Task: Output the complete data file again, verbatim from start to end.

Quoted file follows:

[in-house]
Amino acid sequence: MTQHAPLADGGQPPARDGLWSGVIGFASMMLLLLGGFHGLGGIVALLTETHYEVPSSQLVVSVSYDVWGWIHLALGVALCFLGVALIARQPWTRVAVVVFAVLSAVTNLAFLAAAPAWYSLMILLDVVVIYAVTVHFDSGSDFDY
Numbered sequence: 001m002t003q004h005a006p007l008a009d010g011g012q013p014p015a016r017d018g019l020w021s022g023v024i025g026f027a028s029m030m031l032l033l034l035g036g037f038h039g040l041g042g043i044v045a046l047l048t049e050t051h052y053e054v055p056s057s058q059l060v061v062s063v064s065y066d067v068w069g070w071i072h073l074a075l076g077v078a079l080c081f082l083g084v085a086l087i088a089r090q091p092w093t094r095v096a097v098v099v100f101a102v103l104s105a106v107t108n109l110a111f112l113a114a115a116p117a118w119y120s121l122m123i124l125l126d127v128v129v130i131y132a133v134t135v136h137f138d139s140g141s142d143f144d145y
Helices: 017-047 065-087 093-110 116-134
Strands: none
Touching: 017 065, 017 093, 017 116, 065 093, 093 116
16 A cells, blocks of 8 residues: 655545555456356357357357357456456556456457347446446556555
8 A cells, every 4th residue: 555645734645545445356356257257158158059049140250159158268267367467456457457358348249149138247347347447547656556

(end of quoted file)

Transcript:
[in-house]
Amino acid sequence: MTQHAPLADGGQPPARDGLWSGVIGFASMMLLLLGGFHGLGGIVALLTETHYEVPSSQLVVSVSYDVWGWIHLALGVALCFLGVALIARQPWTRVAVVVFAVLSAVTNLAFLAAAPAWYSLMILLDVVVIYAVTVHFDSGSDFDY
Numbered sequence: 001m002t003q004h005a006p007l008a009d010g011g012q013p014p015a016r017d018g019l020w021s022g023v024i025g026f027a028s029m030m031l032l033l034l035g036g037f038h039g040l041g042g043i044v045a046l047l048t049e050t051h052y053e054v055p056s057s058q059l060v061v062s063v064s065y066d067v068w069g070w071i072h073l074a075l076g077v078a079l080c081f082l083g084v085a086l087i088a089r090q091p092w093t094r095v096a097v098v099v100f101a102v103l104s105a106v107t108n109l110a111f112l113a114a115a116p117a118w119y120s121l122m123i124l125l126d127v128v129v130i131y132a133v134t135v136h137f138d139s140g141s142d143f144d145y
Helices: 017-047 065-087 093-110 116-134
Strands: none
Touching: 017 065, 017 093, 017 116, 065 093, 093 116
16 A cells, blocks of 8 residues: 655545555456356357357357357456456556456457347446446556555
8 A cells, every 4th residue: 555645734645545445356356257257158158059049140250159158268267367467456457457358348249149138247347347447547656556